Pub. date: 2008 | Online Pub. Date: November 27, 2007 | DOI: 10.4135/9781412953948 | Print ISBN: 9781412928168 | Online ISBN: 9781412953948| Publisher:SAGE Publications, Inc.About this encyclopedia
Pasteur, Louis (1822–1895)
Emily E. Anderson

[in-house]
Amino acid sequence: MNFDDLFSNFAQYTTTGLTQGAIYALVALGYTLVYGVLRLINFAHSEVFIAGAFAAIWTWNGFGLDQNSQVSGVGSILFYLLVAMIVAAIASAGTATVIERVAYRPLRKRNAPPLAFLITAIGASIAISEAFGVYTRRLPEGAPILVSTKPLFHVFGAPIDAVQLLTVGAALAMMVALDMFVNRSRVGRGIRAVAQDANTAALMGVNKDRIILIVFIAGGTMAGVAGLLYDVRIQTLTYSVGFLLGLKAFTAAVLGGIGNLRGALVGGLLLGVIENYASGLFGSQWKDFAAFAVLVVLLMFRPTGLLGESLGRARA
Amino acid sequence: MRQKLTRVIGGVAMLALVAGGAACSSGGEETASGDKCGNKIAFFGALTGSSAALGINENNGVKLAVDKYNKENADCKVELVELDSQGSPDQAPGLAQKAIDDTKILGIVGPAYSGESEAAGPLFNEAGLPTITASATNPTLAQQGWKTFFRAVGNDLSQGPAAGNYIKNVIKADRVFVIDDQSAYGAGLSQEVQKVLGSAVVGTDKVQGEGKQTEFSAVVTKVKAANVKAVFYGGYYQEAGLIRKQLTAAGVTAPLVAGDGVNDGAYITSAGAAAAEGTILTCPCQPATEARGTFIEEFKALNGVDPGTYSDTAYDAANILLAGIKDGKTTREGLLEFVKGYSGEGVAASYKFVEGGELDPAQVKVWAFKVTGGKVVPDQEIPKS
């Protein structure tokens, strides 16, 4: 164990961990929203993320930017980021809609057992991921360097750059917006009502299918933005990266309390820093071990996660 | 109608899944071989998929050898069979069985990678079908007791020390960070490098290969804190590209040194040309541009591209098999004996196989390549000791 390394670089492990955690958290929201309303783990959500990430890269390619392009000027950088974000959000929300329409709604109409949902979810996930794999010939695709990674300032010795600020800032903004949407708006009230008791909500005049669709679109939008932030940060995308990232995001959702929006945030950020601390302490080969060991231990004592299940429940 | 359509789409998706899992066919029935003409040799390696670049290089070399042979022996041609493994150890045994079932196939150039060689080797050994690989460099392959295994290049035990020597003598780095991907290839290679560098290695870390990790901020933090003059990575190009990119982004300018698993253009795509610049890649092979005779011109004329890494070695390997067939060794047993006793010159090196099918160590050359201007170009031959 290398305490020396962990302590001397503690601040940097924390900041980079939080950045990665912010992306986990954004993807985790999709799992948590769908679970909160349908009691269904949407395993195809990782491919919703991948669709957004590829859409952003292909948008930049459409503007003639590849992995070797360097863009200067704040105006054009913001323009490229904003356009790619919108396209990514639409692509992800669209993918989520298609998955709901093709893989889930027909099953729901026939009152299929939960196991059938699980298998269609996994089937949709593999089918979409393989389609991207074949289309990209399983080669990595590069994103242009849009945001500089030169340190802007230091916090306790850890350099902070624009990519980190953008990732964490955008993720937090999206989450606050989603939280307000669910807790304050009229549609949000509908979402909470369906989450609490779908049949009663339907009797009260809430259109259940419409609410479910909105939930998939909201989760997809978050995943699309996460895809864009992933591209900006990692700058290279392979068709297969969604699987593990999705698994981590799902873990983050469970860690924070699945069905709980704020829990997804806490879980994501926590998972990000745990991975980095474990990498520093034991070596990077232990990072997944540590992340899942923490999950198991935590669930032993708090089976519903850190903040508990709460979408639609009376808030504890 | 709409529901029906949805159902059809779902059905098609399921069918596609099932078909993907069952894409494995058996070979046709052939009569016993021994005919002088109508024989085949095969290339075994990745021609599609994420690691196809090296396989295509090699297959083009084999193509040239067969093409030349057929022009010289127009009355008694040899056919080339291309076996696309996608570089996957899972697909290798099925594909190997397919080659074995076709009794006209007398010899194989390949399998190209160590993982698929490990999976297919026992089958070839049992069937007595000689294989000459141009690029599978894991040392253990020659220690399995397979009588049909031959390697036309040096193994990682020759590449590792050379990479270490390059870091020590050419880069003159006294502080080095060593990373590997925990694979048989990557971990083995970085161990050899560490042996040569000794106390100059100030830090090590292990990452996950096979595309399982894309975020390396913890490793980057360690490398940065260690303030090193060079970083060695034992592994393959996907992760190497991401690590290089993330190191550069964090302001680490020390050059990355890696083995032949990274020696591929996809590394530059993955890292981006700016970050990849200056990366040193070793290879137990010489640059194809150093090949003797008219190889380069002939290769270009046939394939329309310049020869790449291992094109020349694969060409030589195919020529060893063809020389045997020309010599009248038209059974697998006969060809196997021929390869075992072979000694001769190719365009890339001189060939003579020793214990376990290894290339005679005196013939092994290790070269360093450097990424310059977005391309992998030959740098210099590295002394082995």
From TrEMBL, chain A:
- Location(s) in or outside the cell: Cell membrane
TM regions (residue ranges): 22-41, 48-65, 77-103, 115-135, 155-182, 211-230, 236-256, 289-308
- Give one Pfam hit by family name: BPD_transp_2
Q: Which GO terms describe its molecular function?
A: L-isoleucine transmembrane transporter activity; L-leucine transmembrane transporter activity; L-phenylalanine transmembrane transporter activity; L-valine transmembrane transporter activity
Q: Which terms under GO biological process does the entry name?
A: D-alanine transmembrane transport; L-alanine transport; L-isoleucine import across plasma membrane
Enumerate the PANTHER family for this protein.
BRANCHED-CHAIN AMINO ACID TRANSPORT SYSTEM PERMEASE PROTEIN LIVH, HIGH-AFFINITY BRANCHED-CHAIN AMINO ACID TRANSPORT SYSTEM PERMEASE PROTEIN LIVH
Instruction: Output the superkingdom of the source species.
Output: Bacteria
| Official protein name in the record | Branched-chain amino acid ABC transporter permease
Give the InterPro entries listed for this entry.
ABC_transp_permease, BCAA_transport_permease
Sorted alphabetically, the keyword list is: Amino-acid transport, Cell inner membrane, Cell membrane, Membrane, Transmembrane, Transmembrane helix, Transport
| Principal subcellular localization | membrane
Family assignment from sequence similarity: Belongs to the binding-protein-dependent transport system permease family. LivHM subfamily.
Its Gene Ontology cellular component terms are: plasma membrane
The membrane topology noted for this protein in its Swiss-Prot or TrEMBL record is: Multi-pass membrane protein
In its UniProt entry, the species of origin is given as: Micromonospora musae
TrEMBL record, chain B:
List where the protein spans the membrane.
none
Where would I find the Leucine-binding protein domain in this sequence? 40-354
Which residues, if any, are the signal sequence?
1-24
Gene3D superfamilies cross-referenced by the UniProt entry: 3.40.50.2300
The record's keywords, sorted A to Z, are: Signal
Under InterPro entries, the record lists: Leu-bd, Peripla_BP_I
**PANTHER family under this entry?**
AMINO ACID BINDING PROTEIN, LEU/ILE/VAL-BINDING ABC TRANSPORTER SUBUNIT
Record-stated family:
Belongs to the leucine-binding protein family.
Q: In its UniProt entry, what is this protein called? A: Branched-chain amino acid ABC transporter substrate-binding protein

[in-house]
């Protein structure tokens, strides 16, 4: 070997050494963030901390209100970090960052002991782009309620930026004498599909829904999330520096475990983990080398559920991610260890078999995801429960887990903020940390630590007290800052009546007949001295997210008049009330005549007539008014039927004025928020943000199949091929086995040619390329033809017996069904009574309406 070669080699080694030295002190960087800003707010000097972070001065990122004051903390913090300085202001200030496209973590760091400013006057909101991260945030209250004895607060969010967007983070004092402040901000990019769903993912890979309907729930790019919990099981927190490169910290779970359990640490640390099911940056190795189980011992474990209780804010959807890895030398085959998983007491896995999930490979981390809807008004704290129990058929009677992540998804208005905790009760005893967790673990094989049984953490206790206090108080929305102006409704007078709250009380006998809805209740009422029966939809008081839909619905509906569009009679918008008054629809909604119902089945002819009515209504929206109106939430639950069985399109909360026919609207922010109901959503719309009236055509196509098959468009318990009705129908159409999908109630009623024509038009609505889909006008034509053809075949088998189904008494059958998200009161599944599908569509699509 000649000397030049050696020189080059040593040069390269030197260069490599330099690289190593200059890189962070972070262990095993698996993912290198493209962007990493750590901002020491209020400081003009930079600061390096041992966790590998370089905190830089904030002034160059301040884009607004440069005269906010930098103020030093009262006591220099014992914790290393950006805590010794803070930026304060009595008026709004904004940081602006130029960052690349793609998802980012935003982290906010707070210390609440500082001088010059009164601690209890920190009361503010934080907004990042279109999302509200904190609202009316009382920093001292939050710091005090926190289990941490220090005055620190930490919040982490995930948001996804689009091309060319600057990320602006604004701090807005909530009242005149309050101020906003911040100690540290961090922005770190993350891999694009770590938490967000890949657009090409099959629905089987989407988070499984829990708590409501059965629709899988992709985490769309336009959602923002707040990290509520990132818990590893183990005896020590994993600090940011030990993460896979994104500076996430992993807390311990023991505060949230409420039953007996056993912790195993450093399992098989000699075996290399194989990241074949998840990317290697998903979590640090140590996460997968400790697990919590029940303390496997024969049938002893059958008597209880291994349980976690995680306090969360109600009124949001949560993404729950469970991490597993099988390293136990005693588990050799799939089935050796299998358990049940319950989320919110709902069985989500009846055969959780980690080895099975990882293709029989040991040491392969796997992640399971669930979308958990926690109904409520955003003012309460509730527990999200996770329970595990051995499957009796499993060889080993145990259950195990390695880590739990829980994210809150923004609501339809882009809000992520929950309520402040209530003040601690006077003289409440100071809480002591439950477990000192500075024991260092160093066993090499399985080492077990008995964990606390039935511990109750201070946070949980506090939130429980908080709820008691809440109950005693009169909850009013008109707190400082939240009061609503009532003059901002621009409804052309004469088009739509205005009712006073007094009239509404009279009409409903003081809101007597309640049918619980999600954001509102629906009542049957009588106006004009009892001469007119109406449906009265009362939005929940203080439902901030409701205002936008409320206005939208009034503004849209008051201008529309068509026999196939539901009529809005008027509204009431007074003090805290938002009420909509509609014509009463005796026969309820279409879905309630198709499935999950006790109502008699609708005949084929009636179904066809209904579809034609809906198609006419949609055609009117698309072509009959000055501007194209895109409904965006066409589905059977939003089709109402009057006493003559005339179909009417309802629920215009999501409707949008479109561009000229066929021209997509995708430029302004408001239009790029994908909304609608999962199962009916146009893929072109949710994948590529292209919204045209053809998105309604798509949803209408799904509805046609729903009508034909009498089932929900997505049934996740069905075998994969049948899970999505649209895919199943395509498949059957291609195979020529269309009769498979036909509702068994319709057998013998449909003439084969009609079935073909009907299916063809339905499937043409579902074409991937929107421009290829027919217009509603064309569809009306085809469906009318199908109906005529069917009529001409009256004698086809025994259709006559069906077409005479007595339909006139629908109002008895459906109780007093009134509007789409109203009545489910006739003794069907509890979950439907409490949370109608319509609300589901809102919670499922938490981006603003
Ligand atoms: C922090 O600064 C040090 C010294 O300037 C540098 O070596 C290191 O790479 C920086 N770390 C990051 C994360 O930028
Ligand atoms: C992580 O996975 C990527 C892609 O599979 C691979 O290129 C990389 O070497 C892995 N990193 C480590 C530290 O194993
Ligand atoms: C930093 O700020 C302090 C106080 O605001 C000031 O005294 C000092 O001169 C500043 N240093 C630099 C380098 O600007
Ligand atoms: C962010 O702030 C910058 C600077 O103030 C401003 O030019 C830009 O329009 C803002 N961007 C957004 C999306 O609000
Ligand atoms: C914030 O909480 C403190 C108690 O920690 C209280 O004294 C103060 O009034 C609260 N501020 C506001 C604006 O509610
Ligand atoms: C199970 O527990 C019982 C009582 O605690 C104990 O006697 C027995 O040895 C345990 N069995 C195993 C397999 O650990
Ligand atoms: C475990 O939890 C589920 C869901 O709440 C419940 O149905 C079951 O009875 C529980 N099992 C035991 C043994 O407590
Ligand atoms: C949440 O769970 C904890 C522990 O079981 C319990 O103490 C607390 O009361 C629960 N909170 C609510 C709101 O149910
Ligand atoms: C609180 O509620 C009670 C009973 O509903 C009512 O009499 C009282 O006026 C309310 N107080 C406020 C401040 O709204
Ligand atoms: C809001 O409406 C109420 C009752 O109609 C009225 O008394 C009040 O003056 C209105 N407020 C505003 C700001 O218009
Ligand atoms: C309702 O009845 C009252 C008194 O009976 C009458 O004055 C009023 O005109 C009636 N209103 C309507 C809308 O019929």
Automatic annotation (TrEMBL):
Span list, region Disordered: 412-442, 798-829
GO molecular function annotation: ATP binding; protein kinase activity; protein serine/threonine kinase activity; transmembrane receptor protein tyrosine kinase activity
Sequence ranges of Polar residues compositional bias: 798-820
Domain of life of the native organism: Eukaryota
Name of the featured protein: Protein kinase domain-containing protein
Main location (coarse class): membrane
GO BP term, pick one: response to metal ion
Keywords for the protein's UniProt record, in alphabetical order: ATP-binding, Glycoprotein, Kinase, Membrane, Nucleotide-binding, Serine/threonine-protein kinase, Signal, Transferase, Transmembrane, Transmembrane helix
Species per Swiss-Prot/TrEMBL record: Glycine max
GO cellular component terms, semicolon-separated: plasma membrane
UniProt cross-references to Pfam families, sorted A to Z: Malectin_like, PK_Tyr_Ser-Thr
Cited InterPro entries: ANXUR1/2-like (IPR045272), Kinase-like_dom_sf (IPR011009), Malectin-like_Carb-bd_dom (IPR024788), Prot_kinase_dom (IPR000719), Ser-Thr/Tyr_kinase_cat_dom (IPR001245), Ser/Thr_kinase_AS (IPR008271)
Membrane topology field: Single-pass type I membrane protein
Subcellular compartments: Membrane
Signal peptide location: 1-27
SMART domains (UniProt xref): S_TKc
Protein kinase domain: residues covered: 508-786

Louis Pasteur, a French chemist, is often called the father of modern microbiology. Through the development of vaccines for cholera, anthrax, rabies, staphylococcus, and streptococcus, he discovered much about the nature of infection and laid the groundwork for the microbial theory of disease. Pasteur also contributed greatly to the field of infectious epidemiology by demonstrating how pathogens spread through animal and human populations. Pasteur examined the role of microorganisms in the transformation of organic matter, which at the time was greatly misunderstood. Instructed by Napoleon to investigate diseases infecting wines, he determined that fermentation results from the action of a specific microorganism. To enable ...